One of the most common reasons why people file bankruptcy is financial hardships resulting from unexpected events, such as a job loss and medical issues. However, regardless of how often a job loss can occur or how quickly expensive medical bills can add up, it is a big decision to file for bankruptcy – and one that will significantly impact your credit history. As such, filing for bankruptcy is generally a last resort for most people to save their finances when they have exhausted all other options.
Bankruptcies Do Not Look Good on Your Credit
We all know that a bankruptcy filing will always be considered a negative point on your credit report and will no doubt impact your credit score. The general takeaway is that as long as a bankruptcy filing is listed on your credit, your credit score will be impacted for years to come.
Bankruptcies, and as a result a lower credit score, can also damage your ability in other ways, such as prohibiting you from taking on additional credit, getting a loan, or even qualifying for housing. The real question, however, is how long can you expect a bankruptcy filing to stay on your credit reports and impact your credit score.
How Long Will a Bankruptcy Filing Stay on My Credit Report?
The amount of time that a bankruptcy filing stays on your credit report depends on what type of bankruptcy you filed. The main type of bankruptcy most people file for personal reasons is Chapter 7.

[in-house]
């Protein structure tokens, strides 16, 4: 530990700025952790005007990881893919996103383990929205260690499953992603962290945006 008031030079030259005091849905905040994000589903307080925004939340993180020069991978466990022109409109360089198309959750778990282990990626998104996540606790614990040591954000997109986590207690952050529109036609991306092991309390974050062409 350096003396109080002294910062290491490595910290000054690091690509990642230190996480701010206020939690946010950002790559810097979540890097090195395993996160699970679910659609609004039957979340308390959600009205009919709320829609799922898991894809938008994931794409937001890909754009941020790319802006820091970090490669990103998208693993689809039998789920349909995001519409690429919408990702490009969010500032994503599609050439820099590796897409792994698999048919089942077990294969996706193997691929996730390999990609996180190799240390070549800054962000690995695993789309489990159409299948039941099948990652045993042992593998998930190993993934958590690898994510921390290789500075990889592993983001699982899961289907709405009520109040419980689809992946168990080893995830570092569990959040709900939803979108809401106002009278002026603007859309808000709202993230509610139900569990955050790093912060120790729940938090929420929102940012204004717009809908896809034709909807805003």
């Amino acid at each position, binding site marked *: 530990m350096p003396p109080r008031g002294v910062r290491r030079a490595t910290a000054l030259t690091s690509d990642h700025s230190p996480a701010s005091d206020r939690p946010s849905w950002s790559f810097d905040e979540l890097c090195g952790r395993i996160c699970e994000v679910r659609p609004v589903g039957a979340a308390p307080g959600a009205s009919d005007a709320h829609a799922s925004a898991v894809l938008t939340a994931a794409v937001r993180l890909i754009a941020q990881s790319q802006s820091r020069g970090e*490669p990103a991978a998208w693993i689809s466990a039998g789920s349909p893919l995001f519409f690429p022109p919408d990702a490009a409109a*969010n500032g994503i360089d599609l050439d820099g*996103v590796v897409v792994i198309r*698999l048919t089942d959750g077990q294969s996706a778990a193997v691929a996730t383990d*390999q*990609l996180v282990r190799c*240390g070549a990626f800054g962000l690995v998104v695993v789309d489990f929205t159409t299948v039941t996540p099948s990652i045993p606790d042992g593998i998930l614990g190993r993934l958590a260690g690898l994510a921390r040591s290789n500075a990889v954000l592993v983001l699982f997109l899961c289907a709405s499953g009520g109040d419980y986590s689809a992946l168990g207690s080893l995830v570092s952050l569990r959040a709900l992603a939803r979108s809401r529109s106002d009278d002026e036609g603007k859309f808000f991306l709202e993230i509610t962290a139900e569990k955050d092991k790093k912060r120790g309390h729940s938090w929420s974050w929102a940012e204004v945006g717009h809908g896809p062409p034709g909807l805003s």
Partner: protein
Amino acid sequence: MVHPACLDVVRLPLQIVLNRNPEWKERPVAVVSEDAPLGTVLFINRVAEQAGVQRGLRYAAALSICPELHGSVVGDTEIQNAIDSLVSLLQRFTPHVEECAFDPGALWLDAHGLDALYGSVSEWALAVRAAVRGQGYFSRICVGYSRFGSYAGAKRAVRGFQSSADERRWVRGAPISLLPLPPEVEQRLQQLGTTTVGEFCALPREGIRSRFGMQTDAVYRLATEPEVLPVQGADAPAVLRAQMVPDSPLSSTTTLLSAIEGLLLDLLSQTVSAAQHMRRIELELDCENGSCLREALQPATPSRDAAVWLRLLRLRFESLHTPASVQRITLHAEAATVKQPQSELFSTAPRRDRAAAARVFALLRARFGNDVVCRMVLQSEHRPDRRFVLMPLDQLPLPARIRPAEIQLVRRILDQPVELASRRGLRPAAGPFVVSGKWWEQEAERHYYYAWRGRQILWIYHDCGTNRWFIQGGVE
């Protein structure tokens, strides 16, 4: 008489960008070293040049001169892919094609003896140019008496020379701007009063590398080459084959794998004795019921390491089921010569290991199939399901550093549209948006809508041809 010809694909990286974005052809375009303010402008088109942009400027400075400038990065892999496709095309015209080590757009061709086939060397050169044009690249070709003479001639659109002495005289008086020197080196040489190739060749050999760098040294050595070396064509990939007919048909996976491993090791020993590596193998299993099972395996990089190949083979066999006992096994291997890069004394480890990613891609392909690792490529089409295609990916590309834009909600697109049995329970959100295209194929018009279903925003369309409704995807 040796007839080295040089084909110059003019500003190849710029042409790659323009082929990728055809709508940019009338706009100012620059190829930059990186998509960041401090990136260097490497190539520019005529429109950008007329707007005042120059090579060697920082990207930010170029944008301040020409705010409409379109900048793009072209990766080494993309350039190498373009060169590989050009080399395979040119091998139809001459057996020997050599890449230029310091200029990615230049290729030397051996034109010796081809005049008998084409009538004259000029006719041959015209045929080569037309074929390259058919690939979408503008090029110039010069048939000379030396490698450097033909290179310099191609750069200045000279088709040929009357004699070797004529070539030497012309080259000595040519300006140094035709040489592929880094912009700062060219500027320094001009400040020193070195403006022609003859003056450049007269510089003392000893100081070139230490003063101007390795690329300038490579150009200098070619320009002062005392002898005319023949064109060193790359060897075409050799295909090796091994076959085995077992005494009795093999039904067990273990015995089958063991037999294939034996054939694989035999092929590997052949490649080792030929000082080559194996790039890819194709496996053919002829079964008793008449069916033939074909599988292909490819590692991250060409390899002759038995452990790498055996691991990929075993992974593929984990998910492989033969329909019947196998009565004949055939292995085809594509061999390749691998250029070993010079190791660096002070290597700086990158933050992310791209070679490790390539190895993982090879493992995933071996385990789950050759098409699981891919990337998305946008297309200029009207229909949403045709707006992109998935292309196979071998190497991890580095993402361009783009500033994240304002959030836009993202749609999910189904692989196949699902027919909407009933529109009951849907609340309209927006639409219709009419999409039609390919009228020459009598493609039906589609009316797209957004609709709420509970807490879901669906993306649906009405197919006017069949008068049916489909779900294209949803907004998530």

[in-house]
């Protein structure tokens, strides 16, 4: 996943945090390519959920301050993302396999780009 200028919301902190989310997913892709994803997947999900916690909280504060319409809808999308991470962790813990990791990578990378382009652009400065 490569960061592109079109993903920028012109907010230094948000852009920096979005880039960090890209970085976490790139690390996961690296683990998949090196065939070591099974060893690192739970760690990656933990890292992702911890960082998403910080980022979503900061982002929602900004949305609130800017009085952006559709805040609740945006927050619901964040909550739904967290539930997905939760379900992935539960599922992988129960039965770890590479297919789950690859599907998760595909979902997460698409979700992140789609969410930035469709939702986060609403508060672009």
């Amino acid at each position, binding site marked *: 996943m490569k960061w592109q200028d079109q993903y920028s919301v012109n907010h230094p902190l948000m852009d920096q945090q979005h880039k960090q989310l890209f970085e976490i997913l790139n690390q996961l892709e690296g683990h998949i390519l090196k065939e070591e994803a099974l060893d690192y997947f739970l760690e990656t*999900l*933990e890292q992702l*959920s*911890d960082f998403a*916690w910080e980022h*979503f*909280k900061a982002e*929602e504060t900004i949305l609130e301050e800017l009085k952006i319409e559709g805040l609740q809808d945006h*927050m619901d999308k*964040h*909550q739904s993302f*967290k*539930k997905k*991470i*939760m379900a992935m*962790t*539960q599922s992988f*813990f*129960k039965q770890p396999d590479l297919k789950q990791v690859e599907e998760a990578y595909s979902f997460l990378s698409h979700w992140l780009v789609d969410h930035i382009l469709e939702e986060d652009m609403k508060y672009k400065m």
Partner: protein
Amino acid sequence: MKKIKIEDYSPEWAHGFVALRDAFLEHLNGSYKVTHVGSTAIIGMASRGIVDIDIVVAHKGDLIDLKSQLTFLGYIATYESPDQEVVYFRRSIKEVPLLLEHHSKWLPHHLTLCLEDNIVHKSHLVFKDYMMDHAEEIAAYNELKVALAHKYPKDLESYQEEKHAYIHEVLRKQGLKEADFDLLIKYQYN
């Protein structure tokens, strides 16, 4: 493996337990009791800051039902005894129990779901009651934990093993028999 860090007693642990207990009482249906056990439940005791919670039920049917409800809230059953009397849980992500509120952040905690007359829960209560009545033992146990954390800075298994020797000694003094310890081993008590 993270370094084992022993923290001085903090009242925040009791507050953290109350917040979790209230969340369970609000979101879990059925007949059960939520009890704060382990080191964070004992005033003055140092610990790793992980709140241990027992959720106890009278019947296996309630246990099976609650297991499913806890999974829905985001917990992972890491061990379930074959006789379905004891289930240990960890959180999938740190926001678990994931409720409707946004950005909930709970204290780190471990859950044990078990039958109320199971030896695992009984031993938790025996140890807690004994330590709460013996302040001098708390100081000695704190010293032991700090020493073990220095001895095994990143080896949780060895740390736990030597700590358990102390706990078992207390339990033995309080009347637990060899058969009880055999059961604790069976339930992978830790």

Chapter 7 bankruptcy, also known as liquidation bankruptcy, is generally referred to as a “straight bankruptcy” by creditors. This type of bankruptcy is the most common type filed by consumers and is typically completed within three to six months. Once you file for Chapter 7, you will no longer have to pay back any unsecured debt, such as personal loans, credit cards and medical expenses. However, you may have to liquidate or sell some of your assets to pay off secured loans.
Chapter 7 bankruptcy will stay on your credit report for 10 years from the date you file. Although there is no exact science behind how much your credit score will be impacted after filing for bankruptcy, there are some estimates you can rely on. For example, if your credit score is 780 or higher, you would be dinged between 200 and 240 points. On the other hand, if you started with a lower score of 680, you would lose 130 to 150 points. An experienced Central Valley bankruptcy attorney would be able to provide you with more guidance.
Call an Experienced Central Valley Bankruptcy Attorney
If you are considering Chapter 7 bankruptcy, it is in your best interest to consult with an experienced bankruptcy attorney to help you learn your legal rights and options, especially with respect to Chapter 7 bankruptcy.
For more information or to schedule a complimentary consultation with Central Valley bankruptcy attorney Gurjit Srai, please call 209-323-5558, or complete our online form.